#1
hello all sorry for the stupid question is useing tabs cheating on how to read sheet music. iam been kinda learning how to read sheet its hard at frist but tabs are so much easy should i say no to reeading sheet and just stick with tabs and learn sheet music later on thanks all
#3
Not at all, it's a tool to learn a song.
Music notation shows you exactly how to play something, tab dictates to you a little more. For example, if notation tells you to play a 'D' note, you can choose where to play that 'D', tab will give you a fingering that the tabber has chosen. Nothing to say you can't change that yourself though.

It's not cheating at all, it's tailored to people who don't want to be classical musicians, session musicians (although notation is being used less and less here) or will likely never be in a situation where you will turn up to a gig and read with a band.
#4
you might consider learning english a priority over music


have you considered that it's not their first language ?

Also What Cold Reader
#5
No. It's theoretically a better suited option than sheet music for guitar. There's many ways to play a note of a certain pitch on guitar, -while on for example a piano, there's only one. If you were going to play a guitar piece by some artist as an exact imitation, tab would be the only way.

Practically though, it's just a great way for people to learn playing music without knowing theory. Of course, the best would be to know both.
The way I see it, if using tabs is cheating, then using sheet music is cheating as well. They are extremely similar in that they both tell you how to play the piece. It doesn't make any sense.
#6
Ok thanks and yes I do speak English and only English, I have a slight learning disatably if you must know.so sometimes my topics don't pound right
#7
No it's not cheating, but using tabs will only get you so far, to really andvance as a musician you should try to learn songs by ear, start with some really easy songs first, and when you have your ear trained and can figure out the chords and scales they use in the song, you could try moving up to more difficult stuff. besides if there is a really special song you want to find, but there are no tabs for it, then knowing how to figure out songs by ear will really help alot.
#8
Quote by fanapathy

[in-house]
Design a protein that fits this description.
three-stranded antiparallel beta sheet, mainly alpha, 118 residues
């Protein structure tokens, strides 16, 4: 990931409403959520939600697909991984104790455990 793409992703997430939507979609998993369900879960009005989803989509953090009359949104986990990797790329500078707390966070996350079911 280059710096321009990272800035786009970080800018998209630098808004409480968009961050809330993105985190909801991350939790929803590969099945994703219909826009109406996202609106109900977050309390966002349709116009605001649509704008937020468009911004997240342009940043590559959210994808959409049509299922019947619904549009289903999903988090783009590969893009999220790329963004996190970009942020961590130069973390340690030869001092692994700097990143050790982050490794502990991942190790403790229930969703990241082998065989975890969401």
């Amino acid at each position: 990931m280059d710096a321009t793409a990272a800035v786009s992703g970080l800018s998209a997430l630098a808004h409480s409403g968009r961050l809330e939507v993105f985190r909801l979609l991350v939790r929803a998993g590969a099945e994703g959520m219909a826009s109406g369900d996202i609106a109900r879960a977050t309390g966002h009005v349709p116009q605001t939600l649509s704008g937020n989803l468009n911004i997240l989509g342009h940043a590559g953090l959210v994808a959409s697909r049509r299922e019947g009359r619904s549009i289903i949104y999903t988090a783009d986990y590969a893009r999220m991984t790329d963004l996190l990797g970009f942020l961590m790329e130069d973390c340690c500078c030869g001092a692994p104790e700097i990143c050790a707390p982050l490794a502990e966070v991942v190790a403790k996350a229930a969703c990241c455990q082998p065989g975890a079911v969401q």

No. It's theoretically a better suited option than sheet music for guitar. There's many ways to play a note of a certain pitch on guitar, -while on for example a piano, there's only one. If you were going to play a guitar piece by some artist as an exact imitation, tab would be the only way.

Practically though, it's just a great way for people to learn playing music without knowing theory. Of course, the best would be to know both.
The way I see it, if using tabs is cheating, then using sheet music is cheating as well. They are extremely similar in that they both tell you how to play the piece. It doesn't make any sense.

Nope, it seems you don't know enough about standard notation. It is very easy to notate where you want someone to play a pitch using a combination of string numbers and position numbers.
But I will agree with you that standard notation is flawed and there are things that are you can not communicate, but then tab can't communicate these either.
#9
Quote by GoldenGuitar
Nope, it seems you don't know enough about standard notation. It is very easy to notate where you want someone to play a pitch using a combination of string numbers and position numbers.
But I will agree with you that standard notation is flawed and there are things that are you can not communicate, but then tab can't communicate these either.


Interesting. I didn't realize this. I've only seen fingering sometimes in piano pieces and haven't read much for guitar.
So if we want a full bend on B, 17b19. The same pitch could be done on e 12b14 and G 21b23 but let's say that's not how it's meant to be played. This sort of thing could be notated? I guess you've already answered this but cool, I'm pretty wrong on my point then.
#10
Yep, but depending on the conventions you may do it a few ways.
1. Is to write the start the starting pitch (E) and then put in the bend symbol. Then on top write in full tone bend and with the string number inside a circle on top. Then next to the note put down what finger you want the player to bend with.
2. If on the other hand you want to notate exactly when the player should start bending and exactly how long they should bend for. You put in the starting pitch and the duration of the starting pitch (this is to tell them how long they should hold the note for before they start bending). Then place the bend symbol and the note that you want to bend to and its duration. This time around you don't need to put full bend, half bend or quarter bend because you've already notated the pitch. But you do need to put in the string number. You may also notate exactly when you want the player to come back down to the original pitch and how long he should take.
Last edited by GoldenGuitar at Aug 29, 2013,